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  1. #11
    Posting Addict ClairesMommy's Avatar
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    Quote Originally Posted by freddieflounder101 View Post
    I am so confused by this idea that it can be up to the states. If a couple marries in China, and moves here, they are married. But if a couple marries in New York, they can be not married in New Jersey? It doesn't make ANY sense.
    You have pointed out a big loophole in the gay marriage controversy. In Canada gay marriage is legal in every province because it falls under the federal Marriage Act. But, if a gay couple married in Canada moves to another country or jurisdiction that does not recognize gay marriage, then there's no marriage to dissolve and assets to divide, no child support to get court-ordered, etc. So, they would have to return to Canada where their marriage took place and then go through divorce proceedings. And in Canada you must be "legally separated" for one year prior to filing for divorce. Legally separated just means living apart for one year, as long as you can prove it, but still it's a major PITA for legally married gay couples when other countries or states will not recognize their legal union.

  2. #12
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    I'm happy with it. I think the rest of the country that isn't recognizing same sex marriage is an embarrassment to this nation where I used to think we offered "life, liberty and the pursuit of happiness" to all.

    I'm proud to be from Massachusetts where we can marry anyone we darn please over the age of 18.
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  3. #13
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    Quote Originally Posted by GloriaInTX View Post
    That is why we are the United STATES. Any power not specifically given to the federal government in the Constitution is left up to the states to decide. The Feds already overstep that boundary way too much.
    I don't understand how a country can have a marriage that's legal in one state but not in another. How does that make sense to you? We are a COUNTRY. United we stand. Divided we fall.
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    Quote Originally Posted by freddieflounder101 View Post
    I don't understand how a country can have a marriage that's legal in one state but not in another. How does that make sense to you? We are a COUNTRY. United we stand. Divided we fall.
    This!
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    Quote Originally Posted by freddieflounder101 View Post
    I don't understand how a country can have a marriage that's legal in one state but not in another. How does that make sense to you? We are a COUNTRY. United we stand. Divided we fall.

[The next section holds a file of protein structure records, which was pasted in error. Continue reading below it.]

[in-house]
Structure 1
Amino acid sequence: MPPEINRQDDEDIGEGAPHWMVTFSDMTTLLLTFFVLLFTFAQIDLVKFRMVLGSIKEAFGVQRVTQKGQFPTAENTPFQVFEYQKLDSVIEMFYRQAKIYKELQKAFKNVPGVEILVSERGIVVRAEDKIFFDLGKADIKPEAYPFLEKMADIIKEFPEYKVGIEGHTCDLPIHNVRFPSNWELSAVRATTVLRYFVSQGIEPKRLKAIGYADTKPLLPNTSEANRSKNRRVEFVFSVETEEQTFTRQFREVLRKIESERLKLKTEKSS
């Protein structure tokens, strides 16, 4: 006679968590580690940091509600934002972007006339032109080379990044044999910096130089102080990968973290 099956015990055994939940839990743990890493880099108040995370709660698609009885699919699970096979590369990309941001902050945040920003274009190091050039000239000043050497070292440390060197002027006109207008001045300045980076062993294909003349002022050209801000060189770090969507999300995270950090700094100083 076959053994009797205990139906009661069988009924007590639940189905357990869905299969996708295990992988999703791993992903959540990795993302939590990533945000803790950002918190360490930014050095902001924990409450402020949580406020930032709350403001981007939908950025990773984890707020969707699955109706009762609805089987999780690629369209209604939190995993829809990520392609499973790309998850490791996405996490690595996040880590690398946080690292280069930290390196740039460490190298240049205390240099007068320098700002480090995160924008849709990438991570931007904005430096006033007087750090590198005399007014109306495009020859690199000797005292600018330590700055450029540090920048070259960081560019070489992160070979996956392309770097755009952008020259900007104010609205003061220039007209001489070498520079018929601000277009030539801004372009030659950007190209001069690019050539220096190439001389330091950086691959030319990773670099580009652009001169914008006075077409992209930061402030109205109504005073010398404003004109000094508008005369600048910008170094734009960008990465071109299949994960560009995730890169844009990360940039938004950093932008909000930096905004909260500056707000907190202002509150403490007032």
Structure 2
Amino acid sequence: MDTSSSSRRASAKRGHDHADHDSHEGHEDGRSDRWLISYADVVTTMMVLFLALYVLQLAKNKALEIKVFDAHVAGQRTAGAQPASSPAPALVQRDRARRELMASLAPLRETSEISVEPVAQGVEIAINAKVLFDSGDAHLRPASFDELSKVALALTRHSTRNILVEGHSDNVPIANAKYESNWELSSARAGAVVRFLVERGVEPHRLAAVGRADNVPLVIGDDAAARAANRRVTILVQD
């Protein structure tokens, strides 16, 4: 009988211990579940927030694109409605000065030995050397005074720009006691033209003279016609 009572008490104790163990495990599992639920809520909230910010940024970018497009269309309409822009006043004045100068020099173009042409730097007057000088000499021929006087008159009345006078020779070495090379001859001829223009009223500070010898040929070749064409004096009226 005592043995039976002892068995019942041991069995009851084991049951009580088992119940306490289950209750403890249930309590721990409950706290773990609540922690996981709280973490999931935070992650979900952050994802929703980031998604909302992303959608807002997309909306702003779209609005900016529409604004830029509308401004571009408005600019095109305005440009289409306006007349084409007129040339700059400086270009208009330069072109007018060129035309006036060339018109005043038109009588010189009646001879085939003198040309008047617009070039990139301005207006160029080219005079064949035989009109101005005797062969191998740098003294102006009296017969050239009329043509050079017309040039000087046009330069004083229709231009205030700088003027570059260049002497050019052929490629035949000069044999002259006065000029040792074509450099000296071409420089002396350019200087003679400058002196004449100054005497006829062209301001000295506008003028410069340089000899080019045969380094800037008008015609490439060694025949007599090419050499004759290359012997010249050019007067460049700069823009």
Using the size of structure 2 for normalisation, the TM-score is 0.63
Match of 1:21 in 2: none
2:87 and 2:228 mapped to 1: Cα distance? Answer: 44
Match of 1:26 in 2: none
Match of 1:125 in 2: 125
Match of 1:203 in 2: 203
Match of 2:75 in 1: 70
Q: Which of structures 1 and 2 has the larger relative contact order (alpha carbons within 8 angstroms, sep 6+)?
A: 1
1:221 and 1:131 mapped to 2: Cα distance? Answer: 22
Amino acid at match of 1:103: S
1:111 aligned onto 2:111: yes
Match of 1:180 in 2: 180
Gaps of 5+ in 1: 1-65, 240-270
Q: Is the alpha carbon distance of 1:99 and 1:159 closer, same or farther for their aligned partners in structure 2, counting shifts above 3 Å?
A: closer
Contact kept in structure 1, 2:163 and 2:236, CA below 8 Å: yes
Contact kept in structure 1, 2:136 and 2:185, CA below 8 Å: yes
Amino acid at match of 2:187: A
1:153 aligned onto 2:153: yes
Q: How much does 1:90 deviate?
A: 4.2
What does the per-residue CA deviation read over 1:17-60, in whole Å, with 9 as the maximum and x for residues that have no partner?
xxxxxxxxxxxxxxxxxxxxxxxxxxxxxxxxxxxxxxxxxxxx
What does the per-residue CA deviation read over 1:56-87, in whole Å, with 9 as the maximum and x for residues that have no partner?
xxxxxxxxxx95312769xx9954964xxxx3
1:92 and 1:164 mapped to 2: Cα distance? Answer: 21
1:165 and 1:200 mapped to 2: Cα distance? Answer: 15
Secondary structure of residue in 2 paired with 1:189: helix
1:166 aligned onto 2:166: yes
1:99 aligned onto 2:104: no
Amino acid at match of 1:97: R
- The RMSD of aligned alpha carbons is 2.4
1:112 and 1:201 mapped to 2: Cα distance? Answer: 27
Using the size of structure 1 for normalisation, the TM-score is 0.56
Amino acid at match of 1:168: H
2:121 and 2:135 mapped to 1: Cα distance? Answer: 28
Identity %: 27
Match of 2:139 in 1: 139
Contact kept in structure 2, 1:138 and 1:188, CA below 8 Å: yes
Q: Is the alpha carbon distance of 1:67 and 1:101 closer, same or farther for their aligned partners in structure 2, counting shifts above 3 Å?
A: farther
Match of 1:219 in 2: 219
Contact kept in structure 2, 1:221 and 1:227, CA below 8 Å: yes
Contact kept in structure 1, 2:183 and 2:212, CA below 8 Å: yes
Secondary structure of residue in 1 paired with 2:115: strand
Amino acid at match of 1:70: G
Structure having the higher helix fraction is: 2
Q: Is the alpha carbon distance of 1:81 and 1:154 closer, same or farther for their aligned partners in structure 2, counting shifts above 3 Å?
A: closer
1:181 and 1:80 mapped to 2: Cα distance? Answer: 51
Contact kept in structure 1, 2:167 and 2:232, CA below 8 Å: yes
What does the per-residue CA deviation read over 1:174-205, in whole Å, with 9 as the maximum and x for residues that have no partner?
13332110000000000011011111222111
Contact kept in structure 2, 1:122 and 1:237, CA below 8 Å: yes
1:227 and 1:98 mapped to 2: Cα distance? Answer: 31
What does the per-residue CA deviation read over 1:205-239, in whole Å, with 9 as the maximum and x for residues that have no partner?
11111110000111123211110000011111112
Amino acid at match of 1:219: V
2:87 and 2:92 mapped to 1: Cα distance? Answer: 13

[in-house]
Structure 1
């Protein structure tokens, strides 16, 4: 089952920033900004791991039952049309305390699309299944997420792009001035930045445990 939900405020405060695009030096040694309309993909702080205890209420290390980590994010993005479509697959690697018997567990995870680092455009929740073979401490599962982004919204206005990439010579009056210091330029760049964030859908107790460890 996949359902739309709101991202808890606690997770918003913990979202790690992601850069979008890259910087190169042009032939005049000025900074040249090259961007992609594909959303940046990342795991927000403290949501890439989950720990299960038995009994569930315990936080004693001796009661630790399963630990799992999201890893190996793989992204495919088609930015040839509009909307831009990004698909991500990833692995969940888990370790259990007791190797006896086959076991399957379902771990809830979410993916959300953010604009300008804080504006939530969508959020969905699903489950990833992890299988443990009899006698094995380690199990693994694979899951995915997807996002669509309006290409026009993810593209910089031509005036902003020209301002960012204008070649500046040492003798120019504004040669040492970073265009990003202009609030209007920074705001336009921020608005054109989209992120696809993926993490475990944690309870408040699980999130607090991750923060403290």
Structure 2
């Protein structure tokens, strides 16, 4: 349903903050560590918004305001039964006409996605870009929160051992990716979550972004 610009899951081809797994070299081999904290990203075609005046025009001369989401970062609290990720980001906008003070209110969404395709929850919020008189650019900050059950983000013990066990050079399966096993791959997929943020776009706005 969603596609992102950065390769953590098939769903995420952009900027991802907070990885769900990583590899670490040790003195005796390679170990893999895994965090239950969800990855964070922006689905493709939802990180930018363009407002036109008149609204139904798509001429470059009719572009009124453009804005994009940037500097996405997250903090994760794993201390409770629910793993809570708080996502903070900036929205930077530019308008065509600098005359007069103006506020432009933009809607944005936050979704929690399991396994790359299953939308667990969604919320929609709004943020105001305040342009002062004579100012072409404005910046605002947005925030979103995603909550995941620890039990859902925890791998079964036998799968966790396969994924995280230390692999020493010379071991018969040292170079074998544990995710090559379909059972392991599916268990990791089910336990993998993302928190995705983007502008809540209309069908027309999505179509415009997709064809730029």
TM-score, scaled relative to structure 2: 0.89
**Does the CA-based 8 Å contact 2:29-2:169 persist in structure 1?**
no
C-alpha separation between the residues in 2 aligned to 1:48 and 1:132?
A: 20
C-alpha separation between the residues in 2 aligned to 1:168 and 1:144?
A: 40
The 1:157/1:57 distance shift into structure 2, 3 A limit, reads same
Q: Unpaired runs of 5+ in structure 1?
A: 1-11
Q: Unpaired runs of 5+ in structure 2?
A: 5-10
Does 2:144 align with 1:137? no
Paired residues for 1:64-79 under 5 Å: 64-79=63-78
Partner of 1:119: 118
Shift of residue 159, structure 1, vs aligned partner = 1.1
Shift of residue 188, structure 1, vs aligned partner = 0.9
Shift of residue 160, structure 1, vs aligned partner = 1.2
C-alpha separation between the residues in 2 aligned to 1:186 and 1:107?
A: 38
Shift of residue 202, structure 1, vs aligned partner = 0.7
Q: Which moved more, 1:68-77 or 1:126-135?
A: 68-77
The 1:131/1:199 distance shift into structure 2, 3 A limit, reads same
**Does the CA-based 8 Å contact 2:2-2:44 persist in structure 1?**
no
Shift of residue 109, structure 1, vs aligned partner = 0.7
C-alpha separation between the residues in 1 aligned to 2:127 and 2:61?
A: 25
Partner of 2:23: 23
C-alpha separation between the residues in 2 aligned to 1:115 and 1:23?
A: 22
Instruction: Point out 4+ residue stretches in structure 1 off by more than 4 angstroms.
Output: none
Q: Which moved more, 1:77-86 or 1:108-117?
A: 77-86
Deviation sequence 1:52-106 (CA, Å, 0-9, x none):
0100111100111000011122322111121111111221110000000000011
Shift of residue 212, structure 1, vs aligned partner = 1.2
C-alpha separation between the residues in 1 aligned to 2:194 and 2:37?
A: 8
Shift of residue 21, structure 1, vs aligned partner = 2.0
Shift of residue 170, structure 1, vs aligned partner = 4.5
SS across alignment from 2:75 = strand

Well its illegal in a lot more states than it is legal. Why does the minority get to dictate to the majority? If we have to decide as a country I'm pretty sure it wouldn't pass.
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    I do think it's inevitable. And the questions some of you bring up are the same questions we are dealing with at this moment. My companies health plan follows the federal definition of "spouse". Since the federal definition (under DOMA) has now been overturned, we fall back to the state definition of spouse. We have employees in about 25 states, so what if one of our Texas employees goes to NY to get married and then comes back here. Do we recognize that marriage? All of these things are unclear and will likely take a while to iron out through further court cases and (in some part), IRS opinions.
    CARRIE and DH 7/14/07
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    Quote Originally Posted by GloriaInTX View Post
    Well its illegal in a lot more states than it is legal. Why does the minority get to dictate to the majority? If we have to decide as a country I'm pretty sure it wouldn't pass.
    Let's not go there. I don't want it to get too personal.

  8. #18
    Community Host Alissa_Sal's Avatar
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    Quote Originally Posted by GloriaInTX View Post
    Well its illegal in a lot more states than it is legal. Why does the minority get to dictate to the majority? If we have to decide as a country I'm pretty sure it wouldn't pass.
    I'm sure there are states where it currently wouldn't pass, but if we did a country wide vote, it would pass. According to polls anyway.

    Interesting article in Slate today.

    Gay marriage polls and public opinion: The Supreme Court’s rulings upheld the people’s will. - Slate Magazine

    Once again, the Supreme Court has infuriated conservatives. They say the court’s decisions in United States v. Windsor and Hollingsworth v. Perry—voiding part of the federal Defense of Marriage Act and disqualifying the plaintiffs who sought to reinstate California’s ban on gay marriage—override and disrespect the will of the people. But the will of the people isn’t what it used to be. In states where voters once passed ballot measures against same-sex marriage, they now support it. The country as a whole supports it. The court, in striking down what voters believed 10 or 20 years ago, is upholding what voters believe today.


    Shortly after the court’s opinions were released, House Republicans held a press conference to denounce the rulings. They argued that marriage policy should be made by “elected representatives instead of unelected judges.” The problem is that in this case, California’s elected officials—its governor and attorney general—refused to defend the state’s ban, which voters approved in a 2008 referendum. At the press conference, Rep. Doug LaMalfa of California decried this treachery. He said voters lose faith in democracy when they’re abandoned by “their elected officials, like an attorney general in California that refused, because of politics, to defend what the people had done.”